That was the toughest race Ive ever done but I didnt even have a decent story to tell compared to waht happened behind me.

Jean nearly collided with a container ship on the way downwind as he was sailing directly across its path. The safety boat reached him at the last second and they made a  effort to flag him away. He made a effort to gybe but looked over his shoulder and saw the bow of the freighter coming down on him. That's when he decided to jump off his board and swim away- which probably saved him as his gear was tossed like a rag doll form the bow wake.
Soheil had a equally harrowing experience as  his board and rig got away from him  in one of the 40k puffs and went cartwheeling down wind end over end. He swam for 5 min to catch up and just barely made it before his gear crashed onto the rocky shores of Alcatraz.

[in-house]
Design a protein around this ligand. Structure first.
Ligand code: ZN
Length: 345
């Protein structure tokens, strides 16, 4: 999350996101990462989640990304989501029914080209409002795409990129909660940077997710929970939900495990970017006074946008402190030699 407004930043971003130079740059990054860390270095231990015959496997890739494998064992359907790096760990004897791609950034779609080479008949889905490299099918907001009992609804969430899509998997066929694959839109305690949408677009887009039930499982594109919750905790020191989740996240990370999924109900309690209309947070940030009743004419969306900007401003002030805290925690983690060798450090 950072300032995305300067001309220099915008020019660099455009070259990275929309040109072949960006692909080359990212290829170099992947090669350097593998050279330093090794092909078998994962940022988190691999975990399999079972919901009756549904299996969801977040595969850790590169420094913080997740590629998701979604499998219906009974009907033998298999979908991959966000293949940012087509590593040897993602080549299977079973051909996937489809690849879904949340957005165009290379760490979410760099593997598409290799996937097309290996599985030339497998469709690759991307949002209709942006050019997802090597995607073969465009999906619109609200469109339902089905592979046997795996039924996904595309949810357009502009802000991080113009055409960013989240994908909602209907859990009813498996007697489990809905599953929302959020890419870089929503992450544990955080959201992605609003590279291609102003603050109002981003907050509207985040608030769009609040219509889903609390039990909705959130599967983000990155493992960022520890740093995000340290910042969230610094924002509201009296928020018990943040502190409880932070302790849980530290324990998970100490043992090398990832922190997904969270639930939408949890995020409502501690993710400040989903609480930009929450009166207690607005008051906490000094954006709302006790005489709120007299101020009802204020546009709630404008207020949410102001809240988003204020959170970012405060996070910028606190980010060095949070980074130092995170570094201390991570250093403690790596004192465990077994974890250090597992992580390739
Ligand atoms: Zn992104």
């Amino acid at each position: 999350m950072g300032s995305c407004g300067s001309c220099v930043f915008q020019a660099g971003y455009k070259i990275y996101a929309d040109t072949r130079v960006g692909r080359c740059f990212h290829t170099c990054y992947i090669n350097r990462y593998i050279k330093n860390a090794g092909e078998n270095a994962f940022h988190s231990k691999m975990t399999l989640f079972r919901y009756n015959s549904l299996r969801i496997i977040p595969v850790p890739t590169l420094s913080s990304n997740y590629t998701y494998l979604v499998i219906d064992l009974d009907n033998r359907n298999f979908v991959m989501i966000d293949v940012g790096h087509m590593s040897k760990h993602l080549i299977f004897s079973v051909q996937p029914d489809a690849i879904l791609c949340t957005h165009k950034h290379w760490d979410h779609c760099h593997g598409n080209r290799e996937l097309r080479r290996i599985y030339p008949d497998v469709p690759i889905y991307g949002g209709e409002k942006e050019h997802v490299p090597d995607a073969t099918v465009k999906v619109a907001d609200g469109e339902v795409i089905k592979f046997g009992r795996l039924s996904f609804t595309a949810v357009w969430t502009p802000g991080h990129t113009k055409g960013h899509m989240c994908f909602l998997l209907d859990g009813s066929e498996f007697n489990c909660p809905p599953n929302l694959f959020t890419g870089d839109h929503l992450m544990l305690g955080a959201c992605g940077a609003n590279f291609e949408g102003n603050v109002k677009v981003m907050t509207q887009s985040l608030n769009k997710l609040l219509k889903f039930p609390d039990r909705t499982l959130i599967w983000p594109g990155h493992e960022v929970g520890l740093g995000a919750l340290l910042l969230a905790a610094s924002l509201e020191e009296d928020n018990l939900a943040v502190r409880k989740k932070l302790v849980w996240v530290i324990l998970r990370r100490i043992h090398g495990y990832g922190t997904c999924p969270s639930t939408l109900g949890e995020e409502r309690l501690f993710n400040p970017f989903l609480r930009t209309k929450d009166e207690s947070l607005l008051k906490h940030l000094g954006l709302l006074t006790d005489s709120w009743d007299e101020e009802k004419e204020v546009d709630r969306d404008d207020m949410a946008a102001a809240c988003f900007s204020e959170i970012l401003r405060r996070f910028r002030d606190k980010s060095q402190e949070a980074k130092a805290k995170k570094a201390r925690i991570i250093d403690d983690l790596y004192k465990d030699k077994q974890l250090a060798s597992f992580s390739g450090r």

The kitemare stories coming in were pretty harrowing as well with one kiter wrapping his lines up on the south tower and having to climb up the base tower on the small ladder to get rescued sans kite.

A huge congratulations to the  22 sailors who finished the race and for Tom for showing that Xavier is indeed beatable.
Also a huge thanks for all the RC, volunteers and chase boats form the St,FYC .
SF classic results
UN Challenge results


WouterD said...

Does this mean that the kiters are not only faster just downwind or around an up/down course, but now also faster upwind? So basically faster on all points of sail now!? Evolution, I guess...

Steve Bodner said...

The kiters here are probably the fastest course racers in the world. While I cant say that about myself, I think they would give the top formula guys a pretty good run for their money around a windward leeward course. The course racing kite boards and sailors have improved alot upwind in the past year but down wind is really where they walk away.